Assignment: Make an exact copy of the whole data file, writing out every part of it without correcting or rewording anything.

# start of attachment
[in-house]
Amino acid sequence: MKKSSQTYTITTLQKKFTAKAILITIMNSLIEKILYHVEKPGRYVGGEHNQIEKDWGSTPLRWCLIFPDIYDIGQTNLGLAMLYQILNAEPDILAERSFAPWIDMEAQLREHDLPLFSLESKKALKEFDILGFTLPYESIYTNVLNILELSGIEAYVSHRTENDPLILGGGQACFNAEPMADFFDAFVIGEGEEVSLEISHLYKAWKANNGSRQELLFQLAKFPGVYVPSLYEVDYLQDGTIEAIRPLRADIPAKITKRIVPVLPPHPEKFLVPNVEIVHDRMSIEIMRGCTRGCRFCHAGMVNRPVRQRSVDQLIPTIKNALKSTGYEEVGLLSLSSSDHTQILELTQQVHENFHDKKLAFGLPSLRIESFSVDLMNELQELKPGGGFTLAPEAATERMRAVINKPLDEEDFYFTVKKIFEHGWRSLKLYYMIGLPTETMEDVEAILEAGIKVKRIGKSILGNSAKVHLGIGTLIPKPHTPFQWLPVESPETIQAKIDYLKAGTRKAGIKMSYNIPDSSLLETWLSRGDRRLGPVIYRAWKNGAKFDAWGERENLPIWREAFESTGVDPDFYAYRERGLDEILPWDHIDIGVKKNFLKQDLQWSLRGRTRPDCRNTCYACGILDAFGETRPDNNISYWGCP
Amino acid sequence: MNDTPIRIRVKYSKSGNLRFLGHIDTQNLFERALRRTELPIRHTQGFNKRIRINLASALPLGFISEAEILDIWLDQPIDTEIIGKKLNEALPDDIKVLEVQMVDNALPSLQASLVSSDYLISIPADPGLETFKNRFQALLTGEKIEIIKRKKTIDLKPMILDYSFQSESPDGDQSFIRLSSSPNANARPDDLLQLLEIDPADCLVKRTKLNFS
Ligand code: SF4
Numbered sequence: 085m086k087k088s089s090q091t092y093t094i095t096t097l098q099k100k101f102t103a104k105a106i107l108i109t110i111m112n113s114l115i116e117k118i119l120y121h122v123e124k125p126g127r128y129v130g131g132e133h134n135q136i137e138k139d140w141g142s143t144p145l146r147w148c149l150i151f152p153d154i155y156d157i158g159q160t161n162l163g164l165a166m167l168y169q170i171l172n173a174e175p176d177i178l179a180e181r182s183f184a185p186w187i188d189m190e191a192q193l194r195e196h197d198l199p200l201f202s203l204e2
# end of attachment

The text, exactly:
[in-house]
Amino acid sequence: MKKSSQTYTITTLQKKFTAKAILITIMNSLIEKILYHVEKPGRYVGGEHNQIEKDWGSTPLRWCLIFPDIYDIGQTNLGLAMLYQILNAEPDILAERSFAPWIDMEAQLREHDLPLFSLESKKALKEFDILGFTLPYESIYTNVLNILELSGIEAYVSHRTENDPLILGGGQACFNAEPMADFFDAFVIGEGEEVSLEISHLYKAWKANNGSRQELLFQLAKFPGVYVPSLYEVDYLQDGTIEAIRPLRADIPAKITKRIVPVLPPHPEKFLVPNVEIVHDRMSIEIMRGCTRGCRFCHAGMVNRPVRQRSVDQLIPTIKNALKSTGYEEVGLLSLSSSDHTQILELTQQVHENFHDKKLAFGLPSLRIESFSVDLMNELQELKPGGGFTLAPEAATERMRAVINKPLDEEDFYFTVKKIFEHGWRSLKLYYMIGLPTETMEDVEAILEAGIKVKRIGKSILGNSAKVHLGIGTLIPKPHTPFQWLPVESPETIQAKIDYLKAGTRKAGIKMSYNIPDSSLLETWLSRGDRRLGPVIYRAWKNGAKFDAWGERENLPIWREAFESTGVDPDFYAYRERGLDEILPWDHIDIGVKKNFLKQDLQWSLRGRTRPDCRNTCYACGILDAFGETRPDNNISYWGCP
Amino acid sequence: MNDTPIRIRVKYSKSGNLRFLGHIDTQNLFERALRRTELPIRHTQGFNKRIRINLASALPLGFISEAEILDIWLDQPIDTEIIGKKLNEALPDDIKVLEVQMVDNALPSLQASLVSSDYLISIPADPGLETFKNRFQALLTGEKIEIIKRKKTIDLKPMILDYSFQSESPDGDQSFIRLSSSPNANARPDDLLQLLEIDPADCLVKRTKLNFS
Ligand code: SF4
Numbered sequence: 085m086k087k088s089s090q091t092y093t094i095t096t097l098q099k100k101f102t103a104k105a106i107l108i109t110i111m112n113s114l115i116e117k118i119l120y121h122v123e124k125p126g127r128y129v130g131g132e133h134n135q136i137e138k139d140w141g142s143t144p145l146r147w148c149l150i151f152p153d154i155y156d157i158g159q160t161n162l163g164l165a166m167l168y169q170i171l172n173a174e175p176d177i178l179a180e181r182s183f184a185p186w187i188d189m190e191a192q193l194r195e196h197d198l199p200l201f202s203l204e2